World's first successful clinical trial to protect the brain from damage caused by stroke

A team of Canadian scientists and clinicians, led by Dr. Michael Hill of the Calgary Stroke Program at Foothills Medical Centre and University of Calgary's Hotchkiss Brain Institute (HBI), have demonstrated that a neuroprotectant drug, developed by Dr. Michael Tymianski at the Krembil Neuroscience Centre, located at the Toronto Western Hospital, protects the human brain against the damaging effects of stroke.

The study, "Safety and efficacy of NA-1 for neuroprotection in iatrogenic stroke after endovascular aneurysm repair: a ," published online today in The , was conducted concurrently with a laboratory study published in Science Translational Medicine, that predicted the benefits of the stroke drug.

This landmark clinical trial was a randomized, double blinded, multi-centre trial that was conducted in Canada and the USA. The study evaluated the effectiveness of NA-1[Tat-NR2B9c] when it was administered after the onset of small strokes that are incurred by patients who undergo neurointerventional procedures to repair brain aneurysms. This type of small occurs in over 90% of aneurysm patients after such a procedure, but usually does not cause overt .

In the clinical trial, patients were randomized to receive either Tat-NR2B9c or placebo. Those treated with Tat-NR2B9c showed a reduction in the amount of brain damage sustained as a result of the aneurysm repair procedure. Also, in patients who had ruptured , which comprise a population of patients at very high risk of neurological damage, those treated with Tat-NR2B9c all had good neurological outcomes, whereas only 68% of those treated with placebo had good outcomes.

"The results of this clinical trial represent a major leap forward for stroke research," said Dr. Hill. "There have been over 1,000 attempts to develop such drugs, which have failed to make the leap between success in the lab and in humans."

"This clinical trial is, to our knowledge, the first time that a drug aimed at increasing the resistance of the brain to stroke, has been shown to reduce stroke damage in humans. No efforts should be spared to develop it further," said Dr. Michael Tymianski, who oversaw the development of Tat-NR2B9c from its invention in his lab, through to .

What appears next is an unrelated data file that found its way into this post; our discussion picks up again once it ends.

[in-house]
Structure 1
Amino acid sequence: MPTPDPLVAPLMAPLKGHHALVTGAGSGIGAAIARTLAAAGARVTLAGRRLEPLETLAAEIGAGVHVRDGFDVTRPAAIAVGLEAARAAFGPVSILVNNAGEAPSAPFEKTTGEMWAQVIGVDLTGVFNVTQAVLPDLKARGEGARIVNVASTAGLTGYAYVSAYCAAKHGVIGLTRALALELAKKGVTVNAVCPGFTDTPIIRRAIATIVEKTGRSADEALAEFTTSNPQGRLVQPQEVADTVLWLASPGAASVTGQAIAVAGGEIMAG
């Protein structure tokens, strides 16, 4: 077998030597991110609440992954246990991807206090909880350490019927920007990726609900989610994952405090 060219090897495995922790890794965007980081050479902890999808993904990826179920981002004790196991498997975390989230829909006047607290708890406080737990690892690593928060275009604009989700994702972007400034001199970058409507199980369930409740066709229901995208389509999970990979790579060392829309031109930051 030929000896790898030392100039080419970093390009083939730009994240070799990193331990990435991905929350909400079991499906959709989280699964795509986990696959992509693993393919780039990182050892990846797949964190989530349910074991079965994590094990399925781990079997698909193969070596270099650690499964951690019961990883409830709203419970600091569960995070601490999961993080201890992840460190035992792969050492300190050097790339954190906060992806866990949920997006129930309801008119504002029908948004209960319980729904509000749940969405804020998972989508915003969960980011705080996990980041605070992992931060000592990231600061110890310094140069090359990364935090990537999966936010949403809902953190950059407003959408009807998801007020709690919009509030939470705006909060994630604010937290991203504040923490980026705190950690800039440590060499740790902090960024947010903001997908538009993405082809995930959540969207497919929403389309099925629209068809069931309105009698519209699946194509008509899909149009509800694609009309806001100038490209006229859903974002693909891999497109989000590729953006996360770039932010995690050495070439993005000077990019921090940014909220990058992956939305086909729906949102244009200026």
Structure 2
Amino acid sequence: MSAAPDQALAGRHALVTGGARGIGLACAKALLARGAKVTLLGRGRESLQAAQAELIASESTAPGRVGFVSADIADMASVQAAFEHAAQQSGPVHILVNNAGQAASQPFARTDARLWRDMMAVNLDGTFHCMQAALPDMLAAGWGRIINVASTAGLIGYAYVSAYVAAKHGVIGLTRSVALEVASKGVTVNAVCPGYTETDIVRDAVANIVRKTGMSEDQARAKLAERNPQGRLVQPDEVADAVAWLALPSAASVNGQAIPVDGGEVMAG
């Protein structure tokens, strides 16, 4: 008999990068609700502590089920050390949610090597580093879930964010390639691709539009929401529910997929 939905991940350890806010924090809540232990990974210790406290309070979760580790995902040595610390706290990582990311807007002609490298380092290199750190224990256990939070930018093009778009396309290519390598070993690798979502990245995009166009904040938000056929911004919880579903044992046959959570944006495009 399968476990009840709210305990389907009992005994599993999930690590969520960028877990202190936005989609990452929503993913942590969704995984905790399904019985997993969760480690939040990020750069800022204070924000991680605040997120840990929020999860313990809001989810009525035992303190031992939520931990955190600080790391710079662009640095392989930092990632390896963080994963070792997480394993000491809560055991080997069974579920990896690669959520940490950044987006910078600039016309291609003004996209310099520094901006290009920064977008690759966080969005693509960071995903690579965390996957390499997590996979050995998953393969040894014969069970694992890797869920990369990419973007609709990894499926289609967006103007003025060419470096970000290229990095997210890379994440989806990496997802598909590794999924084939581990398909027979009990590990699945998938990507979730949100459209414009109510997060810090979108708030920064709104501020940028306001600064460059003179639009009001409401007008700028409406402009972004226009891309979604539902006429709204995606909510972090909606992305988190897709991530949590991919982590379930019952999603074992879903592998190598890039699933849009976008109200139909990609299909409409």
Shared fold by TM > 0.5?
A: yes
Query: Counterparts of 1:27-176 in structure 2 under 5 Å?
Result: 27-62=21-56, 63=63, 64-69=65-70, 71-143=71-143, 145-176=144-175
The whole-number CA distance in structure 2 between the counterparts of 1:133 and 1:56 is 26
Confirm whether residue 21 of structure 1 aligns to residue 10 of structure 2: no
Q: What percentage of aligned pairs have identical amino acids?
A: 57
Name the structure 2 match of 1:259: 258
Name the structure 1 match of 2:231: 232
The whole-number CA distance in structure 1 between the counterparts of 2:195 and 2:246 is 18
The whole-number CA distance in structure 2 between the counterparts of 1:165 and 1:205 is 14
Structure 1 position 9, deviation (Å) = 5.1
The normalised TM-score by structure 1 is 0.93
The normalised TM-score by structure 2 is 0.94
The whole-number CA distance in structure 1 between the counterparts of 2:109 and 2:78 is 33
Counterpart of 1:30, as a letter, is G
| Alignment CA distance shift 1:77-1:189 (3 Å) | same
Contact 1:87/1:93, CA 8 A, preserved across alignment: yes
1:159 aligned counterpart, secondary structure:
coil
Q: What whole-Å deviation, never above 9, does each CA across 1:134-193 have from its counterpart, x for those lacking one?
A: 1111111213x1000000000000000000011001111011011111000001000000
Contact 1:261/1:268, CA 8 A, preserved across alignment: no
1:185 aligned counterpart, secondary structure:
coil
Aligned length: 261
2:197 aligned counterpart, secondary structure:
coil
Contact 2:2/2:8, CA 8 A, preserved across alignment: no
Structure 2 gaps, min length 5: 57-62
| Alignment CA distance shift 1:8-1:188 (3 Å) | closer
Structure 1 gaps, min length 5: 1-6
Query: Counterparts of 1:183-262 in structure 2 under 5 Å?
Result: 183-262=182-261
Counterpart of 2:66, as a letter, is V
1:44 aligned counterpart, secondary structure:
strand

Currently, t-PA is the only widely approved acute stroke therapy. It works by unblocking the arteries to the brain, however, this treatment is only beneficial for a portion of stroke victims. It also has serious potential for side-effects, including bleeding in the brain.

"Through our lab research and clinical trial, we now have a better method of predicting whether a may be effective in humans and we now have the evidence that there is a neuroprotectant that can prevent damage in the brain caused by reduced blood flow," said Dr. Tymianski, inventor of NA-1 and one of the study's authors. "The benefits of this can be explored not only for stroke, but for other conditions such as vascular dementia."

Related Stories

New stroke treatments becoming a reality

date Jul 26, 2012

Scientists led by the President of The University of Manchester have demonstrated a drug which can dramatically limit the amount of brain damage in stroke patients.

Recommended for you

Team makes breakthrough in understanding Canavan disease

date 5 hours ago

UC Davis investigators have settled a long-standing controversy surrounding the molecular basis of an inherited disorder that historically affected Ashkenazi Jews from Eastern Europe but now also arises in other populations ...

Finding the body clock's molecular reset button

date 9 hours ago

An international team of scientists has discovered what amounts to a molecular reset button for our internal body clock. Their findings reveal a potential target to treat a range of disorders, from sleep ...

A 'GPS' to navigate the brain's neuronal networks

date 9 hours ago

In new research published today by Nature Methods, scientists from the Hebrew University of Jerusalem and Harvard University have announced a "Neuronal Positioning System" (NPS) that maps the circuitry of the ...

Neurons constantly rewrite their DNA

date 9 hours ago

Johns Hopkins scientists have discovered that neurons are risk takers: They use minor "DNA surgeries" to toggle their activity levels all day, every day. Since these activity levels are important in learning, ...

Hate to diet? It's how we are wired

date 9 hours ago

If you're finding it difficult to stick to a weight-loss diet, scientists at the Howard Hughes Medical Institute's Janelia Research Campus say you can likely blame hunger-sensitive cells in your brain known ...

User comments

Adjust slider to filter visible comments by rank

Display comments: newest first

Tom_Hennessy
Oct 09, 2012
"Future research on prevention and treatment of ischemic stroke and other thrombosis associated diseases should include testing of iron- chelating and hydroxyl radical-scavenging agents.".

Please sign in to add a comment. Registration is free, and takes less than a minute. Read more

Click here to reset your password.
Sign in to get notified via email when new comments are made.